Expression of the full complement of 20,000+ human genes requires splicing of an average of 8-10 introns per mRNA, and most human genes produce multiple distinct mRNA and protein isoforms through alternative splicing. Each of the ~200,000+ introns in the genome contains 3 specific sequence sites - the donor or 5'splice site, the acceptor or 3'splice site and the branch point - that are absolutely required because they participate in the chemistry of splicing. The branch point is a specific nucleotide (usually adenosine) that participates in the first catalytic step of splicing, generating the unique "lariat intron structure that is released in the second step of splicing. Mutation of the branch site frequently results in exon skipping, intron retention or other perturbation of normal splicing, which can result in production of truncated or aberrant proteins, and sometimes leads to disease. However, branch points have been mapped for only several dozen human introns. Here, we propose to develop a technology to map RNA branch points on a large scale, using model organisms to test and optimize the method, followed by application of the optimized procedure to map branch points genome-wide in human and mouse. Our proposal is organized around the following specific aims: SA1. Develop a protocol for large-scale identification of branch points and associated mapping software and apply to model organisms (yeast, fly, or worm). SA2. Optimize and apply protocols and software from SA1 to mammalian systems to achieve large- scale identification of branch points in the human and mouse genomes. We have designed two molecular biology protocols that when coupled with second-generation sequencing and associated software pipelines have the potential to identify branch points on a genome-wide scale. Development of this technology and application to the worm, fly, human and mouse genomes has the potential to contribute a critical "missing piece" in our understanding of RNA splice codes in these organisms, and will enable improved prediction of mutations or other genetic variations that perturb splicing and gene expression by interfering with branch point function.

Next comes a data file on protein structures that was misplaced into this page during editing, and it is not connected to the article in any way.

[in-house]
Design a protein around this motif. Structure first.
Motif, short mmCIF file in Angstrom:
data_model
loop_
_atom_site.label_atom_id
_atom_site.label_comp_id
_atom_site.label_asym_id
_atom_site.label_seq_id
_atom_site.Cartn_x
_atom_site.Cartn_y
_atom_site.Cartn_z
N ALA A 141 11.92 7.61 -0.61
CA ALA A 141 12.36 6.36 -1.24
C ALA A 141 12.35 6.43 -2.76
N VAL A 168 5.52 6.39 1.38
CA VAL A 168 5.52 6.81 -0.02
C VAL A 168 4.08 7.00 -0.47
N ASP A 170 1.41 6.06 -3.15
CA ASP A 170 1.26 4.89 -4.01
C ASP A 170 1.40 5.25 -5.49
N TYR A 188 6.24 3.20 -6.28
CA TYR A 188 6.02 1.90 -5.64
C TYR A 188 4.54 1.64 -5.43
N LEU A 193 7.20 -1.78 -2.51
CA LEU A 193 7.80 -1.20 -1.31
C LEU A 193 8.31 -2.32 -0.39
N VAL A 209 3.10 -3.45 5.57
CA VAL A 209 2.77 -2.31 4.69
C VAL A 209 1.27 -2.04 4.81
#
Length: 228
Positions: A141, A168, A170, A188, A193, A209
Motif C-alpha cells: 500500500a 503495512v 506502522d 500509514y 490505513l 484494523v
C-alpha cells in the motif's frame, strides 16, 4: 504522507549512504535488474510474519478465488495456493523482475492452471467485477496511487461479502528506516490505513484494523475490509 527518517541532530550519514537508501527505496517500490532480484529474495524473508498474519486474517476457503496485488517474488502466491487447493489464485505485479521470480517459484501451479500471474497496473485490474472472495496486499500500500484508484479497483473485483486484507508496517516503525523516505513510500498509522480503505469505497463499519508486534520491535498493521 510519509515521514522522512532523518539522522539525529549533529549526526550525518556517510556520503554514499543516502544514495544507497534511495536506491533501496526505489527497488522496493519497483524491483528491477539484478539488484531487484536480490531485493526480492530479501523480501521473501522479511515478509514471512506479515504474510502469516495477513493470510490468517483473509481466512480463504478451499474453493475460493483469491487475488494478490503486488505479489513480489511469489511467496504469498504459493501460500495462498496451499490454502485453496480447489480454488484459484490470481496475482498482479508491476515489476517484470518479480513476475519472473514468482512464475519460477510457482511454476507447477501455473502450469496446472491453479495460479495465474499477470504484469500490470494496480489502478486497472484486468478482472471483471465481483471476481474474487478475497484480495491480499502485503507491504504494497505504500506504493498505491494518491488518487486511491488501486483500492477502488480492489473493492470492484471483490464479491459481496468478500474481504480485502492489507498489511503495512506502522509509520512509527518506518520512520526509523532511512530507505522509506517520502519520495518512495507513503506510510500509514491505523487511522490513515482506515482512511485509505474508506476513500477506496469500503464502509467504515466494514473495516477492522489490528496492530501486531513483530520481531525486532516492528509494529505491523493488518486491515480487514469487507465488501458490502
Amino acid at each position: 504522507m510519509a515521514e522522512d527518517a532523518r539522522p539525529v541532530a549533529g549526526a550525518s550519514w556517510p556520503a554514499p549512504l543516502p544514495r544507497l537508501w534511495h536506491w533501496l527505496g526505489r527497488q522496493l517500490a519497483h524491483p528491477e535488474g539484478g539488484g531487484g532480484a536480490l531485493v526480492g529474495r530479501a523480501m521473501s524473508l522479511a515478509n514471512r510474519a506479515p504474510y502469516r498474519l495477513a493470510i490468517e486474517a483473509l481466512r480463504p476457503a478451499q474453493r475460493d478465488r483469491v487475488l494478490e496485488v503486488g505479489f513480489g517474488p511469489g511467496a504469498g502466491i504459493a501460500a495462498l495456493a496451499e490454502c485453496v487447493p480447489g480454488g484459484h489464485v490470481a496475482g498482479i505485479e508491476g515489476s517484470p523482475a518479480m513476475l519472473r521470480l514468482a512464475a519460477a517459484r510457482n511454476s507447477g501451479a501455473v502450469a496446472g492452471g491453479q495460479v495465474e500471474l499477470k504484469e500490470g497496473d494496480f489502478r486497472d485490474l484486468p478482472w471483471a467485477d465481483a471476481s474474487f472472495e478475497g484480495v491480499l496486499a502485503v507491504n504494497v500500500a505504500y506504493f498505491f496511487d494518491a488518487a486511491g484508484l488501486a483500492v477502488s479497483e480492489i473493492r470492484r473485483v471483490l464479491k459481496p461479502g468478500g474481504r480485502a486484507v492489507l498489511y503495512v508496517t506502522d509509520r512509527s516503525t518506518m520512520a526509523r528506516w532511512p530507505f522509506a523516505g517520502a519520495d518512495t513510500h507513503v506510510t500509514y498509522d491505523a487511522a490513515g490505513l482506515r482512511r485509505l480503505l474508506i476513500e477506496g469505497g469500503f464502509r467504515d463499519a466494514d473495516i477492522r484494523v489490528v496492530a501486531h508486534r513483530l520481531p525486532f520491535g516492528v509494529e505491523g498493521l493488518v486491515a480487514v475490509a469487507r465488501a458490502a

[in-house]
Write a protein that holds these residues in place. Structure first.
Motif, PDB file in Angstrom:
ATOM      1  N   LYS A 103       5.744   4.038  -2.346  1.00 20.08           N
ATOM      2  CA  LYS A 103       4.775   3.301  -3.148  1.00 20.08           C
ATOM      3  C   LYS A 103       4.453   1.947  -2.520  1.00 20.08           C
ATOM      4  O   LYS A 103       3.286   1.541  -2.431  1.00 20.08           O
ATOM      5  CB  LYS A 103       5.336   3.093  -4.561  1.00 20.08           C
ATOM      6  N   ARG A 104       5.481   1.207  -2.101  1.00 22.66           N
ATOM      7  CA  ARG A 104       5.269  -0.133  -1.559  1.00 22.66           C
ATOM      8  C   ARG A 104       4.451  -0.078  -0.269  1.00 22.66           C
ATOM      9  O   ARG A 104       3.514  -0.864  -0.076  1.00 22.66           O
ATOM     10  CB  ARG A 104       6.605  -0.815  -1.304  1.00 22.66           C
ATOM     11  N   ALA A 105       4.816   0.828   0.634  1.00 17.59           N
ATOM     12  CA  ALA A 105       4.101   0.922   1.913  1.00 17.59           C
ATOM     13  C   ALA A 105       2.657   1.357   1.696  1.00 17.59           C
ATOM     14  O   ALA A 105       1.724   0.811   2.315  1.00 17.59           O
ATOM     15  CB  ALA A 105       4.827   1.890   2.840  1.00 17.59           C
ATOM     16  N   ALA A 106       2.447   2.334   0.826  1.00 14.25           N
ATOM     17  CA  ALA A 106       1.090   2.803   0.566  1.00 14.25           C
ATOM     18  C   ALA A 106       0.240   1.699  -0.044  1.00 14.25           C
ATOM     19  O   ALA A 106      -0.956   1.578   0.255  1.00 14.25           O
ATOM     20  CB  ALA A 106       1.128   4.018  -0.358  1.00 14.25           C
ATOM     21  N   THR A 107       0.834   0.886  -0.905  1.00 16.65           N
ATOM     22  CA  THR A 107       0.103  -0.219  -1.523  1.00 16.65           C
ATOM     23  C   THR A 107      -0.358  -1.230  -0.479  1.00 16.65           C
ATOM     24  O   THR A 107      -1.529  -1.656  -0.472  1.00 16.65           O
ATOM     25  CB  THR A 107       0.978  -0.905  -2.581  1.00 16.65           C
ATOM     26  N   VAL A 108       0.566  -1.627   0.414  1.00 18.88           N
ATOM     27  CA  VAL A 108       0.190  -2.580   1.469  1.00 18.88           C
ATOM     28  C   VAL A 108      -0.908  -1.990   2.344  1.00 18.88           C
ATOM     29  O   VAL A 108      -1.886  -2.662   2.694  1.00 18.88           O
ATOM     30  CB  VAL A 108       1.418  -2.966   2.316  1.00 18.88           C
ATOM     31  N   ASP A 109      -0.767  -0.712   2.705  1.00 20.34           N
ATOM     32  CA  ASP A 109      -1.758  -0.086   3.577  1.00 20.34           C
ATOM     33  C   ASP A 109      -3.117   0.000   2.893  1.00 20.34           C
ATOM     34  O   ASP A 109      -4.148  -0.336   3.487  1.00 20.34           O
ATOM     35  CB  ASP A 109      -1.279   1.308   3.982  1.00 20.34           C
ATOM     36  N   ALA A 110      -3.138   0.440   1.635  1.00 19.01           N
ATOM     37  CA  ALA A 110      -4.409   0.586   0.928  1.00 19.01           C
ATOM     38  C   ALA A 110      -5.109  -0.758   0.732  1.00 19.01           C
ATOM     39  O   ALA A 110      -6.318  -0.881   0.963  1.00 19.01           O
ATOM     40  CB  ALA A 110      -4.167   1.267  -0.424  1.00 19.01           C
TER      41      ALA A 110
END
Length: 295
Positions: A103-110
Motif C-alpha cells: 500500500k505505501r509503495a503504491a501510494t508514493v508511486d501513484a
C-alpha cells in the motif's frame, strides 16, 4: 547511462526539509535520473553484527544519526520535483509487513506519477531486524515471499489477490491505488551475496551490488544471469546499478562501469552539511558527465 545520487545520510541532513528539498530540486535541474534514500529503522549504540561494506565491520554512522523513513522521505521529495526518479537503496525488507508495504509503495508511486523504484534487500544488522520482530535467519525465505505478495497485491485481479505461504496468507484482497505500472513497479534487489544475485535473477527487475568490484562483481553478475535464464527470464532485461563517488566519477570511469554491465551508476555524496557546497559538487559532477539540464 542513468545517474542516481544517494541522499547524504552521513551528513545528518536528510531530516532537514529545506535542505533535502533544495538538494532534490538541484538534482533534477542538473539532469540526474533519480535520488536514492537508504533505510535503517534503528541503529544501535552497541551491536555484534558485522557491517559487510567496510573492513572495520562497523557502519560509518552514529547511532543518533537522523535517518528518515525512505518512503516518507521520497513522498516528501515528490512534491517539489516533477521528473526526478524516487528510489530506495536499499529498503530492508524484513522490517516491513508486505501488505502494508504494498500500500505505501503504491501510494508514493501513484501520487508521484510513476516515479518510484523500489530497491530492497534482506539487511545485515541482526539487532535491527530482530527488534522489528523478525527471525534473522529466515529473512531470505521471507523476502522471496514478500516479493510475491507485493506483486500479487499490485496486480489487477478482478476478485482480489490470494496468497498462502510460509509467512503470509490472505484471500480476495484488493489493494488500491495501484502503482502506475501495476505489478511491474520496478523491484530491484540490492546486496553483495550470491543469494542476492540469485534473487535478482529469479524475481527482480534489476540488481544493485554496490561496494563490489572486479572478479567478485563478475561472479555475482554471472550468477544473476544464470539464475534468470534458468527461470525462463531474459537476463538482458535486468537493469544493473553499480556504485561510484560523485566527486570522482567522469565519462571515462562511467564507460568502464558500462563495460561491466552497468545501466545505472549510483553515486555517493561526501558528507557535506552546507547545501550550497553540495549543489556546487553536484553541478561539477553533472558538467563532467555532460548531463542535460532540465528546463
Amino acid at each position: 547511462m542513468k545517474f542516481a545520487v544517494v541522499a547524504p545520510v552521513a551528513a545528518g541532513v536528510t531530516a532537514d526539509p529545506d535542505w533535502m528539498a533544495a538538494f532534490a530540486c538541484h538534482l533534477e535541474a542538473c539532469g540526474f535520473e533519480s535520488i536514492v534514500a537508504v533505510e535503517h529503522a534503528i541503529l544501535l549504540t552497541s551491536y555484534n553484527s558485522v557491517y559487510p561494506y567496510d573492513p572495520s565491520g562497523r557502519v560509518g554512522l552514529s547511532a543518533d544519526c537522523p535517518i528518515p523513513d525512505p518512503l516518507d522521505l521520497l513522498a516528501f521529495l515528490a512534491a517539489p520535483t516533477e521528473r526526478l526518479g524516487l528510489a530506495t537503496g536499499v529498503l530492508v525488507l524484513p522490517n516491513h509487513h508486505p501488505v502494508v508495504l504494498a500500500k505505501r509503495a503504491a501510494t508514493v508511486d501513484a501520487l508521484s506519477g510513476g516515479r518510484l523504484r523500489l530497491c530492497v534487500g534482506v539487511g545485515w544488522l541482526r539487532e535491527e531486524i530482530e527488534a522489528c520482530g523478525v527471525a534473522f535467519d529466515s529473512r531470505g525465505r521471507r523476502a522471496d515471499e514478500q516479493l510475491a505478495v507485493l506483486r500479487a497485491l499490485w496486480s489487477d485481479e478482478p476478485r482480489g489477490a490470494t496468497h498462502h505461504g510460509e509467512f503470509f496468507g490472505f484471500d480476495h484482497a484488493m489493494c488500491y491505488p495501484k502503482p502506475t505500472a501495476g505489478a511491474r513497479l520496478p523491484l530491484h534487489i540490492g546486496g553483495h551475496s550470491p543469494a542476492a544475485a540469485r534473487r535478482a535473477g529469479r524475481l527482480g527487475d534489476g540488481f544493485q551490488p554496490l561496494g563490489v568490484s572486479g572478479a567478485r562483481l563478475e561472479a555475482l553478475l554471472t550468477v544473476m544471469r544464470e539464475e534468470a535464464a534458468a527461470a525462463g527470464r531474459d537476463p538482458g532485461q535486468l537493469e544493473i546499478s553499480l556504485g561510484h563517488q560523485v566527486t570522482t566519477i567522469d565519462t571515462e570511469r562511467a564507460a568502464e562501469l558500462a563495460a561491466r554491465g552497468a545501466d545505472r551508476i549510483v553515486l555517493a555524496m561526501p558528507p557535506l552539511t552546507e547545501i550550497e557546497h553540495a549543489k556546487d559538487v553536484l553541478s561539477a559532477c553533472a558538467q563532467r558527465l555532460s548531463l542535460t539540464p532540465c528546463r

This project seeks to develop a technology for genome-wide mapping of RNA branch points, which are genomic features that are required for the proper expression of nearly every human gene. Large-scale mapping of branch points will lead to deeper understanding of the mechanisms involved in gene expression, and will enable improved predictions of mutations and other genetic variations that contribute to human disease by disrupting the function of RNA branch points.